While things have calmed down from the frenzy of Apple's Worldwide Developers Conference, there was still lots of news over the past week, so read on for all of the top stories.
Less than a month after refreshing its MacBook Pro lineup with faster processors and a revamped keyboard design, Apple has registered seven unreleased Mac notebooks in a Eurasian database.
The listings don't reveal exactly which models these will be or when they will launch, but the 12-inch MacBook is certainly long overdue for an update and the MacBook Air could be in line for a spec bump soon enough. Rumors also suggest that Apple plans to release a 16-inch MacBook Pro with an all-new design as early as this year.
Over on our YouTube channel this week, we've taken a look at more than 20 lesser-known or hidden features coming to the iPhone in iOS 13.
The first public beta of iOS 13 will be available in July, allowing anyone who signs up for Apple's free beta testing program to try out these features before they are released to all users in September.
We also have a hands-on video of iPadOS, which has iPad-specific features such as a redesigned home screen and overhauled multitasking. Subscribe to MacRumors on YouTube for new Apple videos every week!
While the iPhone XR already has the longest battery life of any iPhone ever, the 2019 version of the device is rumored to feature an even larger battery.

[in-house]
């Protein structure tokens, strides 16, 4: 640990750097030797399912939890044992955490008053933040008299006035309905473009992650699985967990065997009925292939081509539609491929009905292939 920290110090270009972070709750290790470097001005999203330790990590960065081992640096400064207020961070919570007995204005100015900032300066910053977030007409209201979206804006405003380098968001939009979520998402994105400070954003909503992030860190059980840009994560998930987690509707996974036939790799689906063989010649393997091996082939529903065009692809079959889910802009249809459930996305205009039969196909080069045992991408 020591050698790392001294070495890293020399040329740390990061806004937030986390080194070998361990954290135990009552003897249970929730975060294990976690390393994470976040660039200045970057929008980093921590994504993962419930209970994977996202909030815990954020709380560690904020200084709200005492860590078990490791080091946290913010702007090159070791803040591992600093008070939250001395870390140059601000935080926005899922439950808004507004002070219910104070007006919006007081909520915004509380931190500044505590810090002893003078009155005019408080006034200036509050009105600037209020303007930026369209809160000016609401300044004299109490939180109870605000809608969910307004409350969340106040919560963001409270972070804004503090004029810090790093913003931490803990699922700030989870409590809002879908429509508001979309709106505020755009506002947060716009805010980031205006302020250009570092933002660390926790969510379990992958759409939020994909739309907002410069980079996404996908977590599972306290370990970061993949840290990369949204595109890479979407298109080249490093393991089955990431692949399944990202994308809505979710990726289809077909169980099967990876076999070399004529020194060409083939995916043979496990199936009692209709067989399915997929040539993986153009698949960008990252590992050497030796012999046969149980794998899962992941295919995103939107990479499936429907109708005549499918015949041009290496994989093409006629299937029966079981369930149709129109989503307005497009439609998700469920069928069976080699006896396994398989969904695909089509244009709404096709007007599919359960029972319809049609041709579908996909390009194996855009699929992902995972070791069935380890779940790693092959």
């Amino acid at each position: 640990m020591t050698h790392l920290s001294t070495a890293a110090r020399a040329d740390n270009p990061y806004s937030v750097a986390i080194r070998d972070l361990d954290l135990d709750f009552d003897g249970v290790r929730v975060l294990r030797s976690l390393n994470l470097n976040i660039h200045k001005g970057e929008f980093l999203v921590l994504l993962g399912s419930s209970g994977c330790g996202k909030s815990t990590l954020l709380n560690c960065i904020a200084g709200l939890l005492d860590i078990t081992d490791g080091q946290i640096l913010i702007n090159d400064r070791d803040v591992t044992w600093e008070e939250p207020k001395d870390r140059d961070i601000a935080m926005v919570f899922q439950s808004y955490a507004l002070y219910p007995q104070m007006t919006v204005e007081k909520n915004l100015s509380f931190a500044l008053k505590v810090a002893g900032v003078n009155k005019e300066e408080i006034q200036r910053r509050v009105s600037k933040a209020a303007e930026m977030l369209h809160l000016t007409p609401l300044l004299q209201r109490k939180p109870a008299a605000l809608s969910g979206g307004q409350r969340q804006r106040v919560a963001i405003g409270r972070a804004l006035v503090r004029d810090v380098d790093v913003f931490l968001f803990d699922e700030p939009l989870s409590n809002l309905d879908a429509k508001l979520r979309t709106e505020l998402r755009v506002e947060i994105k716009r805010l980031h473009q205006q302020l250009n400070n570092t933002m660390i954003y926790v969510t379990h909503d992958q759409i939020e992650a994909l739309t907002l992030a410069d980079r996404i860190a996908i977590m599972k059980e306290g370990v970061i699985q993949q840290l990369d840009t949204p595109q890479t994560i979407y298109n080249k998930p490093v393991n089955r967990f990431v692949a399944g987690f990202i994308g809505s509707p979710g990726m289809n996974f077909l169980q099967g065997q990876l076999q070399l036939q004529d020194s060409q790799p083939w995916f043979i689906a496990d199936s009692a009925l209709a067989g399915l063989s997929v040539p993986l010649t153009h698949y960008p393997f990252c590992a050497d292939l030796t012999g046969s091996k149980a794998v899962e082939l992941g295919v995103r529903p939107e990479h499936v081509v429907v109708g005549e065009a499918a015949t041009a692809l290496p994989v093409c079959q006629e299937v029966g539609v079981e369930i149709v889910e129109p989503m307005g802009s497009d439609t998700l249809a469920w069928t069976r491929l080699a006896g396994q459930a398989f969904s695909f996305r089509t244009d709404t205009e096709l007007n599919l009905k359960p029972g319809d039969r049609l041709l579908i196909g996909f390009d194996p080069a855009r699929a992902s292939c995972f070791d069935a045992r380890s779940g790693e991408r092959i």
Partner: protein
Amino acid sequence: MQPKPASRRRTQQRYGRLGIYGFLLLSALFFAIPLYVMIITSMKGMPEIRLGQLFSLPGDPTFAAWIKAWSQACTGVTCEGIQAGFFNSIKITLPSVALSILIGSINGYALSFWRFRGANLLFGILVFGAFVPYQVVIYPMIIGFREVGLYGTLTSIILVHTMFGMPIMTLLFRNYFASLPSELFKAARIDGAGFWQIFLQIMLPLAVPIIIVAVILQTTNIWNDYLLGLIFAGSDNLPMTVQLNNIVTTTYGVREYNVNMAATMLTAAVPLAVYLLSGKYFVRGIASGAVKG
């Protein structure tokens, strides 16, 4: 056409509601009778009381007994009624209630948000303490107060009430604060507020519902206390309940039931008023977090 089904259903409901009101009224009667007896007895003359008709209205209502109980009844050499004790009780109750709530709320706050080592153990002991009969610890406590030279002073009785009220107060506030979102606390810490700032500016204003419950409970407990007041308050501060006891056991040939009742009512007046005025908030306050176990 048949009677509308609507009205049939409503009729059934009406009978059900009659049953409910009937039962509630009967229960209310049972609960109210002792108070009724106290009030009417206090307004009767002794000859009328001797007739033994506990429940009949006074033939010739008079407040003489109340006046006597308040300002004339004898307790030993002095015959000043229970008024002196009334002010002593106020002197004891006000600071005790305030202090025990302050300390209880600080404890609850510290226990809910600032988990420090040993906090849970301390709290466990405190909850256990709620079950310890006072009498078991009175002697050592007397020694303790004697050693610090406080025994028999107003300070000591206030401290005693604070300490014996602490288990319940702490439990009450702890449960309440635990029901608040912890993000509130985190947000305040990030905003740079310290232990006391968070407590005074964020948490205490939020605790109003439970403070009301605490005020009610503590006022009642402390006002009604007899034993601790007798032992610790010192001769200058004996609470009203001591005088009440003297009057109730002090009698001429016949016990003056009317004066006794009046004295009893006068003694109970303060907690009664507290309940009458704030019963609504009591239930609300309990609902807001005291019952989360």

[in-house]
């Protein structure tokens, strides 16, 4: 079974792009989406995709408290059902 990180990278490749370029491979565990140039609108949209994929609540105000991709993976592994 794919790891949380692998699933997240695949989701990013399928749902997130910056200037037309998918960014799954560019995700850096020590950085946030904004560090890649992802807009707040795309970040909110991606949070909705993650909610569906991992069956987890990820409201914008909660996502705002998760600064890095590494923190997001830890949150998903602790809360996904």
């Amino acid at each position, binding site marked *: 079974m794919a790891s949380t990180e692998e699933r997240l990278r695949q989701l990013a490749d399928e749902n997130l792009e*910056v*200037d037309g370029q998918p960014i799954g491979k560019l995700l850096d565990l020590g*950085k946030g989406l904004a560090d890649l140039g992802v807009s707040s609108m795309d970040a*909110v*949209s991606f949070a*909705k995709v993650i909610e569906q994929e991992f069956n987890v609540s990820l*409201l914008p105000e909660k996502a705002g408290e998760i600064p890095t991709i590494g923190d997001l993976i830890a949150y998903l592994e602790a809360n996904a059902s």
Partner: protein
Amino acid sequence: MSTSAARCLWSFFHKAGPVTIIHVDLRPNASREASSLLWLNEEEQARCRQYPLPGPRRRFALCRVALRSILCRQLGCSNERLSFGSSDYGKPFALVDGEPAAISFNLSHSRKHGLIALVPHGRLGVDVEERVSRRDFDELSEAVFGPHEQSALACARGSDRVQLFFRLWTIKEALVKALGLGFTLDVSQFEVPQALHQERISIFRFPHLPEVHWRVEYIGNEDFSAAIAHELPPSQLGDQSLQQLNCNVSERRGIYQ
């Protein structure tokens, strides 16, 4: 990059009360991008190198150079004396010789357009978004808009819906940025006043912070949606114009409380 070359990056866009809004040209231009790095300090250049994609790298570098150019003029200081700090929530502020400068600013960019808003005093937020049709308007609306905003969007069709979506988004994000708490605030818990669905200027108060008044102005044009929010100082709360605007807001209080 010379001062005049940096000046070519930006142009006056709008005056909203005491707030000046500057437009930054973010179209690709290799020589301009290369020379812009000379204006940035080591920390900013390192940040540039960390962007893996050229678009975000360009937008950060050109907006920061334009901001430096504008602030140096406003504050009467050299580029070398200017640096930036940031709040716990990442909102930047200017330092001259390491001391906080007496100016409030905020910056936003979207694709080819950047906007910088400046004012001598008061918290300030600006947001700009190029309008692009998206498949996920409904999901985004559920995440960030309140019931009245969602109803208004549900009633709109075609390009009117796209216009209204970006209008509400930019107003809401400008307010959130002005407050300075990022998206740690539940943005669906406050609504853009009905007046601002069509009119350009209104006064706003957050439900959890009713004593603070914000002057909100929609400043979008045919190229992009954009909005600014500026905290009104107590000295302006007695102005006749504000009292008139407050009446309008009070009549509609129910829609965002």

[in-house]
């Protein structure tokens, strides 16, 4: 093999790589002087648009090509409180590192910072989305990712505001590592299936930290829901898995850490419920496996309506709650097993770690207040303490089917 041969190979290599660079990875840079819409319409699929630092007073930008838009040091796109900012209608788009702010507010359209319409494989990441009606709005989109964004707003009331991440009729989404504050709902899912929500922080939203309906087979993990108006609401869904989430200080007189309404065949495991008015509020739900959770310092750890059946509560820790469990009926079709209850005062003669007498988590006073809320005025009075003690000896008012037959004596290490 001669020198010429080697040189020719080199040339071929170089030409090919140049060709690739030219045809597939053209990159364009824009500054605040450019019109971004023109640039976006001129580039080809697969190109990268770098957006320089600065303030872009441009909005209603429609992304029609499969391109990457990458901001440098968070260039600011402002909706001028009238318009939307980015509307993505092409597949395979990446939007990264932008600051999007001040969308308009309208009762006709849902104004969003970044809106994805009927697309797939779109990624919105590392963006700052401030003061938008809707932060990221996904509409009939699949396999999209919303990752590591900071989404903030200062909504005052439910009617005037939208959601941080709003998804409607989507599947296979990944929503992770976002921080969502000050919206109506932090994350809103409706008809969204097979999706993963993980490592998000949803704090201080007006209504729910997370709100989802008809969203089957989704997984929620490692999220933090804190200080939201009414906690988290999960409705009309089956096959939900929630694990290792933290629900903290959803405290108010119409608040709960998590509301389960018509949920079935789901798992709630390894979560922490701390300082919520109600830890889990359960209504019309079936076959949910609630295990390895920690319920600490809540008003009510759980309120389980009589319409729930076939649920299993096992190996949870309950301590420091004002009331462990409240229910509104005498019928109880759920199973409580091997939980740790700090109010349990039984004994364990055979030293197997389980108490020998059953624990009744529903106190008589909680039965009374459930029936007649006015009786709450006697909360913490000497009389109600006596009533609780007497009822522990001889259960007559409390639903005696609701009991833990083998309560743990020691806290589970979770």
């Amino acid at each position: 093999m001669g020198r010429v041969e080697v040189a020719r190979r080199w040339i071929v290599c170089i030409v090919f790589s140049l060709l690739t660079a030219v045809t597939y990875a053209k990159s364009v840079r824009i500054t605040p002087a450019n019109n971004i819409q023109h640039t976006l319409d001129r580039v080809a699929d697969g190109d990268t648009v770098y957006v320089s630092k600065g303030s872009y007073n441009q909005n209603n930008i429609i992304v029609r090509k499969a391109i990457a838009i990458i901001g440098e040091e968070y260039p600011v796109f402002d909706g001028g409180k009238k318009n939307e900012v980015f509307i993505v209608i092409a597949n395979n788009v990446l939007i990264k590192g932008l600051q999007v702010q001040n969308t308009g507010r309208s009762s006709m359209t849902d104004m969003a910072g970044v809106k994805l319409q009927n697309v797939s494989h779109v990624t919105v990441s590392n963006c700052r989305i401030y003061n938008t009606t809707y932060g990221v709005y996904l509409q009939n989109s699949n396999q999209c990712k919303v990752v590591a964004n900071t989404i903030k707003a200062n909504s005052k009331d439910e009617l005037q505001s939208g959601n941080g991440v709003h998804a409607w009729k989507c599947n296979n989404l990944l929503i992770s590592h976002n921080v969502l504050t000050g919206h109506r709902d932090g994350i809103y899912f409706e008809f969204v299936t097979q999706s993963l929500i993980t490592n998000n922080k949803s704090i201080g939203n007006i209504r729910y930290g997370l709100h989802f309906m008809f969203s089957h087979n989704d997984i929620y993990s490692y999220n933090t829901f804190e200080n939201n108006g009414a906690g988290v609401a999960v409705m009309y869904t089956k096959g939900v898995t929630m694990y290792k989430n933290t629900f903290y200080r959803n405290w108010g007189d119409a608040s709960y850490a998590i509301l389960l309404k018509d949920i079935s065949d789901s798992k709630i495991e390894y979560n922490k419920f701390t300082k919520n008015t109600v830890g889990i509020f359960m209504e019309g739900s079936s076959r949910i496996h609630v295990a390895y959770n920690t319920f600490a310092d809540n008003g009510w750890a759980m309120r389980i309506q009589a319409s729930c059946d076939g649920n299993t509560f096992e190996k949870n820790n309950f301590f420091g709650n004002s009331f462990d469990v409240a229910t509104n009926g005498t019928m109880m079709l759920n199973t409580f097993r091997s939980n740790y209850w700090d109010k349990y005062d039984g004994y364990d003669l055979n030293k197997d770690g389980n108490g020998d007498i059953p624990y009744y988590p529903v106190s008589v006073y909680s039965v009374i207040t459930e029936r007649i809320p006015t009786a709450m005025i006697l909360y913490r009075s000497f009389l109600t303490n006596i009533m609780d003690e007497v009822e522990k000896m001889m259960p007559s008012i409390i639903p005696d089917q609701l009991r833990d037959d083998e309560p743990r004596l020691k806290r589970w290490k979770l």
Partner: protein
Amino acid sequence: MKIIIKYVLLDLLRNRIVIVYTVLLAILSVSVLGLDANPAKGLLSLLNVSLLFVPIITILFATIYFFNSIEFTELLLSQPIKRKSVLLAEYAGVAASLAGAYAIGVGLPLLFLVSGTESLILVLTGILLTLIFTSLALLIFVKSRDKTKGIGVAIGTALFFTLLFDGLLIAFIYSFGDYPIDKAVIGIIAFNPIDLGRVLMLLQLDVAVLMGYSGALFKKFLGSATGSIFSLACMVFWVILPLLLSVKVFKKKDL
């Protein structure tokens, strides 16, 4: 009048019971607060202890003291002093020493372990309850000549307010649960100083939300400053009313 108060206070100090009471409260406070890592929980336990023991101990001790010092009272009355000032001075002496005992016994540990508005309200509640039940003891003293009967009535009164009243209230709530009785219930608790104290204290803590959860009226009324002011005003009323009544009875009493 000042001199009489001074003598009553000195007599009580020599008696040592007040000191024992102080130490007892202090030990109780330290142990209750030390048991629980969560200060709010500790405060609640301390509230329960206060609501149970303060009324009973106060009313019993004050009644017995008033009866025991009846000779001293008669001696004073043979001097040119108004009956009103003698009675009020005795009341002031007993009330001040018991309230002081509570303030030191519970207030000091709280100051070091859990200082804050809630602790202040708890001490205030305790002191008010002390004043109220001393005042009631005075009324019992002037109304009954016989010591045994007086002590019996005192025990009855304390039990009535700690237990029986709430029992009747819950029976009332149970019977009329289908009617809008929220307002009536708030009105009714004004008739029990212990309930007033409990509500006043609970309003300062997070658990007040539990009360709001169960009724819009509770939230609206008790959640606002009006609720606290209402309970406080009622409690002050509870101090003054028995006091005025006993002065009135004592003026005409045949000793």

The increased battery capacity is expected to accommodate a two-way charging feature that will allow devices like the Apple Watch and AirPods to wirelessly charge on the back of all 2019 iPhones.
Earlier this week, Apple's homepage briefly revealed that its new Mac Pro and Pro Display XDR were both "coming in September."
Apple has since changed the wording to a less-specific "coming this fall," so it's unclear if September was a mistake or if that will be the actual release month. Apple hasn't provided an explanation.
The all-new Mac Pro is an absolute powerhouse with up to 28-core Intel Xeon processors, up to 1.5TB of ECC RAM, up to 4TB of SSD storage, and the option for the "world's most powerful graphics card."
Wouldn't it be nice if Siri on the iPad didn't take over the entire display when prompted?
According to Apple's software engineering chief Craig Federighi, that's a real possibility. In an email to a customer, he said Apple will consider making Siri less disruptive on the iPad in the future.
Siri on the Mac would be a good starting point, as it only takes up a small overlay in the top-right corner of the desktop when prompted.
Craig Federighi Jokes About iPadOS's External Drive Support: 'We're Willing to Acknowledge the 1990s'
On a recent episode of the AppStories podcast, Apple's software engineering chief Craig Federighi made a tongue-in-cheek comment about the iPad's long-awaited external drive support.
"External drives. We're willing to acknowledge the 1990s and go all the way back," he quipped. "You know, people still use them sometimes. I'm an AirDrop fan myself, but I understand there are other uses…"
The full interview is a worthwhile listen, with Federighi discussing several WWDC announcements.
Apple this week removed Dashboard support from Safari's open source WebKit engine, not long after it was discovered that the feature has been completely dropped in macOS Catalina.
Dashboard, first introduced by the late Steve Jobs as part of OS X Tiger in 2005, was effectively a secondary desktop on the Mac that housed a variety of customizable widgets, ranging from sticky notes and the weather forecast to a clock and a calculator.
After over 14 years, the feature is about to ride off into the sunset for good.
Each week, we publish an email newsletter like this highlighting the top Apple stories, making it a great way to get a bite-sized recap of the week hitting all of the major topics we've covered and tying together related stories for a big-picture view.